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Experience the Thomasian nostalgia in UST Minecraft

Whether you’re a freshman or a senior Thomasian, we all long for the day that we get to experience campus life once again. For now, here are some of the ways you can relive that nostalgia through the UST Minecraft server. 



For the past six months, the coronavirus pandemic has distanced us from our friends, classmates, and most of all, from our dearest campus. From taking care of plants to going viral on TikTok, we’ve all tried many ways to cope with our current situation. But for some people, staying indoors helped them to harness their creativity.

What started out as a simple suggestion on Twitter turned into a full-scale project composed of more than 80 Thomasian creators and builders headed by sophomore Charles Nobleza. Every building, facility, and landmark found inside the university was meticulously built by the team from scratch. After months of hard work, the UST Minecraft server was finally unveiled to cap off the Freshmen Week 2020. 

Whether you’re a freshman or a senior Thomasian, we all long for the day that we get to experience campus life once again. For now, here are some of the ways you can relive that nostalgia through the UST Minecraft server. 

1. Commuting!

Julius Estolano/TomasinoWeb

It’s no strange fact that commuting to campus is the most stressful part of the day as a consequence of living in the metro. But at the same time, we can all admit that being in quarantine made us miss that daily adrenaline rush. If you’re one of those people, then you’re in for a treat. 

UST Minecraft not only features a digital replica of the campus itself, but also the numerous ways you can get there. After entering the server, you will have to take an LRT to Legarda where a jeepney will be waiting to take you to the UST campus. Rather than hours, the travel time will only take a few minutes. And don’t worry about the payment for the fares as they are included in the list of items you will have upon entering the server.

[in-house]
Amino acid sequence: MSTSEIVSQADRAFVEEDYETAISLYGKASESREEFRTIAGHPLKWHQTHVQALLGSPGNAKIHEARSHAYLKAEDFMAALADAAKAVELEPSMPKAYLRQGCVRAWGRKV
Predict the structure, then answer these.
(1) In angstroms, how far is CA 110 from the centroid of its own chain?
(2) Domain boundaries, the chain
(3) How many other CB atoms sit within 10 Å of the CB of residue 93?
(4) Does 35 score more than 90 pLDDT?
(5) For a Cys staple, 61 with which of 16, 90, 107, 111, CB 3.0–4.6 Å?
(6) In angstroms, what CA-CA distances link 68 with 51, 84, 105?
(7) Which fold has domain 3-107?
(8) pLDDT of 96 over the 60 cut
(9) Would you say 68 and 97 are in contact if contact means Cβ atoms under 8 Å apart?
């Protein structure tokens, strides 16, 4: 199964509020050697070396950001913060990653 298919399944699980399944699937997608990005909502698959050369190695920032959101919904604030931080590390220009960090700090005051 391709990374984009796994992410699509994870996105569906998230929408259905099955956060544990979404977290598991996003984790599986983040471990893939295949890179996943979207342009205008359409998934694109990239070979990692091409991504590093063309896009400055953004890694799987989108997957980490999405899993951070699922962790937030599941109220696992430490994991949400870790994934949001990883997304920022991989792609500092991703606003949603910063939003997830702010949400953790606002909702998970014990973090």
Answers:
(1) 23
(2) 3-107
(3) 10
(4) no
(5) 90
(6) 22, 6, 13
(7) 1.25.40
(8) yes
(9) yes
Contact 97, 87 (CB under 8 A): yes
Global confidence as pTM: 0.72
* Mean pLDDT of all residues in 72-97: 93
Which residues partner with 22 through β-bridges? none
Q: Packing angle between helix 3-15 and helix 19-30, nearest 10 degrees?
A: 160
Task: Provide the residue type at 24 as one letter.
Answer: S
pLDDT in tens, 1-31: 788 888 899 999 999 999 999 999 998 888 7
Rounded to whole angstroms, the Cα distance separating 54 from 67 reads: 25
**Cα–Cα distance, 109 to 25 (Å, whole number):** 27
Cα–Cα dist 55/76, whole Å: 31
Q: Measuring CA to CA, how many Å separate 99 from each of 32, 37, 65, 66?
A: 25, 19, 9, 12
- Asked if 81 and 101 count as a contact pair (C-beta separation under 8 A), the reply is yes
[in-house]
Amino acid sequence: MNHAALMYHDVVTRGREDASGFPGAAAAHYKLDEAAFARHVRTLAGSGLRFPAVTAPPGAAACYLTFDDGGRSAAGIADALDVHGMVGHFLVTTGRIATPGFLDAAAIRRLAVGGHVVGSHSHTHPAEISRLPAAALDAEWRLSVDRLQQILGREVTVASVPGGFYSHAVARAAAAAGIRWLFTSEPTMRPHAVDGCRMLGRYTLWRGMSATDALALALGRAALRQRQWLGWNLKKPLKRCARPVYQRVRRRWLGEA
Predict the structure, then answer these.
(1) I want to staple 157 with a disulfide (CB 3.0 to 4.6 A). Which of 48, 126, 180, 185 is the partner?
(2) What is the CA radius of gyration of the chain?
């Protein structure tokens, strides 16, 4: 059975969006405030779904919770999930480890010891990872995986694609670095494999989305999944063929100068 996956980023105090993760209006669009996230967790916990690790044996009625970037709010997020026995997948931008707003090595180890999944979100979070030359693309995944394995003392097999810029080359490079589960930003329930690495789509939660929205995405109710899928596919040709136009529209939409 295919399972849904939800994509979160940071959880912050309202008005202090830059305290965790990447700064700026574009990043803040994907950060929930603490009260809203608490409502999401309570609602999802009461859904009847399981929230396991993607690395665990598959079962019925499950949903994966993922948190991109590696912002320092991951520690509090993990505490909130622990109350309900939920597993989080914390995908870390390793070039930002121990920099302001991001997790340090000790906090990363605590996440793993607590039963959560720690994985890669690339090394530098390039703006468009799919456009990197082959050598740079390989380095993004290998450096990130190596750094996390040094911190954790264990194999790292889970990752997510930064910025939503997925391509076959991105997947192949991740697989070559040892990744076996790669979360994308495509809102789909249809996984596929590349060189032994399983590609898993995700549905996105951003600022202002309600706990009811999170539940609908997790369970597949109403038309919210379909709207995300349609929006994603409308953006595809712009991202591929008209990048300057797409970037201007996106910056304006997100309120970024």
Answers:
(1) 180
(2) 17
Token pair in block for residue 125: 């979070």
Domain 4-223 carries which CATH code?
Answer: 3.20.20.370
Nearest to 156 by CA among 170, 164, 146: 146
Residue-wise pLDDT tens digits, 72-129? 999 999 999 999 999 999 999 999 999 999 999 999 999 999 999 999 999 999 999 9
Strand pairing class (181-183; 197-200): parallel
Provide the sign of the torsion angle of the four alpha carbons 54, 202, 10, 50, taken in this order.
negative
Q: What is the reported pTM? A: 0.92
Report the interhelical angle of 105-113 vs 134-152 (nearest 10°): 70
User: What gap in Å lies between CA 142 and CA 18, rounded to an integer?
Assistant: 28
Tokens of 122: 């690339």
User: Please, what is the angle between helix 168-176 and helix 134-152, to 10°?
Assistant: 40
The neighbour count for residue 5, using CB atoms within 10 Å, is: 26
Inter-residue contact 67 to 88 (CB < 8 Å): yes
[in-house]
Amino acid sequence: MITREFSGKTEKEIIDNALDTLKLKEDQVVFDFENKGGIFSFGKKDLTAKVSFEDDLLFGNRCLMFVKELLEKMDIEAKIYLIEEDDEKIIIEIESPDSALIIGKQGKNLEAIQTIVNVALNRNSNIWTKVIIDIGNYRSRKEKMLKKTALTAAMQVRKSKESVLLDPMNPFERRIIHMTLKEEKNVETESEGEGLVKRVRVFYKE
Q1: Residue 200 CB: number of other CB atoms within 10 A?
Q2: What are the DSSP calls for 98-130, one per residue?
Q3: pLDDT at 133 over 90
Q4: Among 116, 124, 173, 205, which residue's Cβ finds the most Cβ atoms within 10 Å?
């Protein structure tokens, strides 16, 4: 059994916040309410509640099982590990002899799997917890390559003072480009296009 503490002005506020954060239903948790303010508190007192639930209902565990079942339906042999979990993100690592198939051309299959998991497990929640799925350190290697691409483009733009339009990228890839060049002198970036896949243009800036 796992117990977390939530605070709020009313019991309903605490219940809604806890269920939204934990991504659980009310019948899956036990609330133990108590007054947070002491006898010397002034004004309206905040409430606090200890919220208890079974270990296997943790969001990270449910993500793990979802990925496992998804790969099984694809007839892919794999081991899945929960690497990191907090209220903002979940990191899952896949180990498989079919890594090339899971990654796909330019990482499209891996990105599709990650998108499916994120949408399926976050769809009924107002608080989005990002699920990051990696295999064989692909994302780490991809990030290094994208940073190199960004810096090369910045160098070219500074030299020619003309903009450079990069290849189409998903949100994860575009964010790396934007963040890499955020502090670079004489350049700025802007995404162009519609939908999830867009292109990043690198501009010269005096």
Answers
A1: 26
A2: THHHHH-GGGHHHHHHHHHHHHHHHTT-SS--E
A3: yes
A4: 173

2. No ID, no entry.

Julius Estolano/TomasinoWeb

Entering the virtual campus is much like the experience in real life. Although we’re used to entering campus through the different gates surrounding it, the server only admits students through Gate 10 in front of the Arch of the Centuries, where you will be greeted by the UST Yellow Jackets. Before setting foot inside campus, the server will require you to wear your ID along with your college or faculty uniform. In true campus culture, you will be required to tap your ID before entering any building. Also, changing your character’s skin while inside the campus will temporarily not allow you to move from your spot. 

3. Don’t be a stranger. Say hi!

Arden Esmile/TomasinoWeb

Since the sandbox video game itself was built to be interactive, the UST Minecraft server allows you to chat with other Thomasians on campus. Your college or faculty appears alongside your username in the chat box.  

4. Step inside the buildings.

Julius Estolano/TomasinoWeb

The detailed structures in the server are more than just an eye candy, you can actually enter and take yourself on a tour inside them. From the staircases to the tile design, the UST Minecraft team got all the interior and exterior details to a tee. However, there are some areas which are off-limits to students exploring the server.